ETFs enter the second half of the year with record inflows of $247 billion and record assets under management of $2.971 trillion. Inflows have been positive for 16 straight months.
June saw the continuation of many of the big trends for the year. The biggest inflows remain in plain-vanilla assets such as S&P 500 and Russell 2000 funds, but big money has also been flowing into international and emerging market funds.
ETFs: June biggest inflows
What about smart beta? It's been a media darling, with tons of hype, but it isn't attracting investor interest. "You can't go in a subway without seeing an ad for a smart beta fund, but not a single smart beta has cracked the top 75 in terms of flows," Dave Nadig, CEO of ETF.com, told me.
For the year so far, money is still going into U.S. equity and U.S. fixed income ETFs, but a lot of investors have moved money into overseas funds. International and fixed income both saw strong inflows.
ETFs 2017: Where the money is going
(increases in AUM)
US Equity up 4.8%
US Fixed Income up 12.3%
International Equity up 13.7%
International Fixed Income up 21.4%
But there are signs momentum is starting to shift against the tech sectors. In June, there were outflows from the main NASDAQ 100 ETF (QQQ), and we saw particularly large outflow from a semiconductor ETF (SMH). Gold miners also saw outflows.
As for who is getting the money — the big guys keep getting bigger. While there are north of 70 ETF providers, the Big Four (BlackRock, Vanguard, State Street and Invesco PowerShares) together control 88 percent of the total assets under management of the ETF business.
ETFs: the big guys
Not only are the biggest fund companies getting bigger, so are the funds themselves. There are more than 2,000 ETFs in the United States, but most of the assets are in the top 100:
ETFs: where's the money?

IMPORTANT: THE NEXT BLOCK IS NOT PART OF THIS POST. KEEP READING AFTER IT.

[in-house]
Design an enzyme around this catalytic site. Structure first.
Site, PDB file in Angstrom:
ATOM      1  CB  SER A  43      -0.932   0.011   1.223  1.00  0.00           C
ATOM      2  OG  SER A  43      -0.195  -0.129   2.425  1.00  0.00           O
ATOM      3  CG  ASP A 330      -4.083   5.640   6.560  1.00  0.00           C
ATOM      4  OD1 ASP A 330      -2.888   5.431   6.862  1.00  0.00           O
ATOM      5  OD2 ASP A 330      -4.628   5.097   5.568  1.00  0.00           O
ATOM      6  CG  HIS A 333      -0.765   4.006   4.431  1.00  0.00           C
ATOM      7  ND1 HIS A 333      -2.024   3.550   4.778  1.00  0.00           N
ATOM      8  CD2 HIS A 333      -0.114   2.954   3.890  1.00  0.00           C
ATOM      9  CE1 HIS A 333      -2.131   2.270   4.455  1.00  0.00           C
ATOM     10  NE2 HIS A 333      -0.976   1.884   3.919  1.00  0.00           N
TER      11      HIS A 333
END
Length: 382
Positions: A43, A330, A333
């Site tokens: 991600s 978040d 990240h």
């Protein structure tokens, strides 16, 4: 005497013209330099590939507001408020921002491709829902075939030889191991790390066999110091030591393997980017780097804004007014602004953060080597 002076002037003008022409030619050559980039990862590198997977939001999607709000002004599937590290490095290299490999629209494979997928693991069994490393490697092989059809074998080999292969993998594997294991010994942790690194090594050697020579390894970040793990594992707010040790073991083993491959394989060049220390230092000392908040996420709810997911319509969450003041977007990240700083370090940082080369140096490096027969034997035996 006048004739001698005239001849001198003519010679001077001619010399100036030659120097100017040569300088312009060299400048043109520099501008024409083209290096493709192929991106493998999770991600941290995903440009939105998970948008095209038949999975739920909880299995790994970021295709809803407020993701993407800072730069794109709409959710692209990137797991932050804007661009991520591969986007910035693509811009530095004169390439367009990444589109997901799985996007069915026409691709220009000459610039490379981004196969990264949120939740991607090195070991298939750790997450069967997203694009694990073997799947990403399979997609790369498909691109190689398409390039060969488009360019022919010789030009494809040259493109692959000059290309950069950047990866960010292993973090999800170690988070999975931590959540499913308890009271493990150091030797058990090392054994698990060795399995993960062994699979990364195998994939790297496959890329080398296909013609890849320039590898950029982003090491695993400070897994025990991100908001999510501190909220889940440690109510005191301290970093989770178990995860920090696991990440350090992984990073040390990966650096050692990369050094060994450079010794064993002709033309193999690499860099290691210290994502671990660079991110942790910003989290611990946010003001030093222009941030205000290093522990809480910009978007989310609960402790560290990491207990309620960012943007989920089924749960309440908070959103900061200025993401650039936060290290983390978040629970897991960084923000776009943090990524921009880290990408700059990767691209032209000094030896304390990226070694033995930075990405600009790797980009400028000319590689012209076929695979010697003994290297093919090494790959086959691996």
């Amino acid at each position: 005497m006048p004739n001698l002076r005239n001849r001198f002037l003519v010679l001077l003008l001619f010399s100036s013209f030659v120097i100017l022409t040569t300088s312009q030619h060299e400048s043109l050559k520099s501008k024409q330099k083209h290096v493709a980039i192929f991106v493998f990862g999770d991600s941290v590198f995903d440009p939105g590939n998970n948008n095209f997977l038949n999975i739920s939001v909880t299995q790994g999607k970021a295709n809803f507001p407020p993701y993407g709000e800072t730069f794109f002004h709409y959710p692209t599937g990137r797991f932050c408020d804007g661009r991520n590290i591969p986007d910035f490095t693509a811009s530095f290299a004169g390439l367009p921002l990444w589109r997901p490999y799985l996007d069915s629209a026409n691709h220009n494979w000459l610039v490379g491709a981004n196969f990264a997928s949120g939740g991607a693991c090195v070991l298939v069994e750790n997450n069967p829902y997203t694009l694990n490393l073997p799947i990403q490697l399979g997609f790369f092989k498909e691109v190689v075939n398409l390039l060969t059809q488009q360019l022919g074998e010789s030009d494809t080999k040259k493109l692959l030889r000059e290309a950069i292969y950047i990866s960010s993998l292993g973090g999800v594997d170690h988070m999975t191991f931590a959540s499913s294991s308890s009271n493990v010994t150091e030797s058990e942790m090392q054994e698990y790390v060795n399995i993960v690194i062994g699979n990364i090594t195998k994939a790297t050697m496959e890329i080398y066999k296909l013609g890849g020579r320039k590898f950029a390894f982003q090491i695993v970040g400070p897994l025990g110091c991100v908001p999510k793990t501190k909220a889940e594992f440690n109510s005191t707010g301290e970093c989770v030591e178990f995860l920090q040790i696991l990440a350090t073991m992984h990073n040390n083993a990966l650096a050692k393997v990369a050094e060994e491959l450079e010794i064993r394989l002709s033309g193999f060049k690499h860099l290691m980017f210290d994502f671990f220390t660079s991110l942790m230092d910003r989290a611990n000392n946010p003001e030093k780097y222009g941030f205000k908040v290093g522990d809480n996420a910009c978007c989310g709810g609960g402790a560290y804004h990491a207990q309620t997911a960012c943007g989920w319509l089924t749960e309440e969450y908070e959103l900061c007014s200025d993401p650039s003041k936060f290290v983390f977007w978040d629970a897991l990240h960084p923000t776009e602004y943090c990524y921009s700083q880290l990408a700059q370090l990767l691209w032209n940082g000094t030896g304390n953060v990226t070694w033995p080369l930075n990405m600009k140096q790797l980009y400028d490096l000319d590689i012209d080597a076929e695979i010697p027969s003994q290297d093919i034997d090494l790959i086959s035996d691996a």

(% of assets under management)
Top 30 50%
Top 100 75%
Finally, there is evidence that investors are VERY sensitive to fees, down to levels that seem, well, kind of trivial. As an example, take two funds that are essentially identical: the iShares Core S&P 500 and the SPDR S&P 500.
Both own the S&P 500. But the IVV charges 4 basis points a year. It's had $16.8 billion in inflows this year.
The SPY charges 9 basis points a year. It's had OUTFLOWS of $5.6 billion.
Huh? Investors are moving money around for a 5 basis point difference? Just to give you an idea of what I'm talking about, 5 basis points is $0.50 a year for a $1,000 investment. That's $500 for a $1,000,000 investment. Investors are that sensitive?
"The attitude is, 'It's $500 of free money," Nadig told me. "If you have $1 million in a fund, and you can save $500 a year just by transferring it to a different fund that does the same thing, why shouldn't you?"
Finally, what about the big debates about passive vs. active management? "It's not so much about active versus passive, it's about lower costs," Nadig told me, and passive funds are cheaper than active, even in ETF land.
And the much-debated issue that too much money is going into passive ETFs? Nadig has two responses: "One, we're seeing a lot of growth in actively managed ETFs, so if you're worried about nobody getting the price of Google right because there are no active traders, I think you're seeing that happen in ETFs, and I think that's healthy.
"The other thing is, ETFs only own 6 percent of U.S. equities. That's a pretty small number compared to, say, 401(k) plans."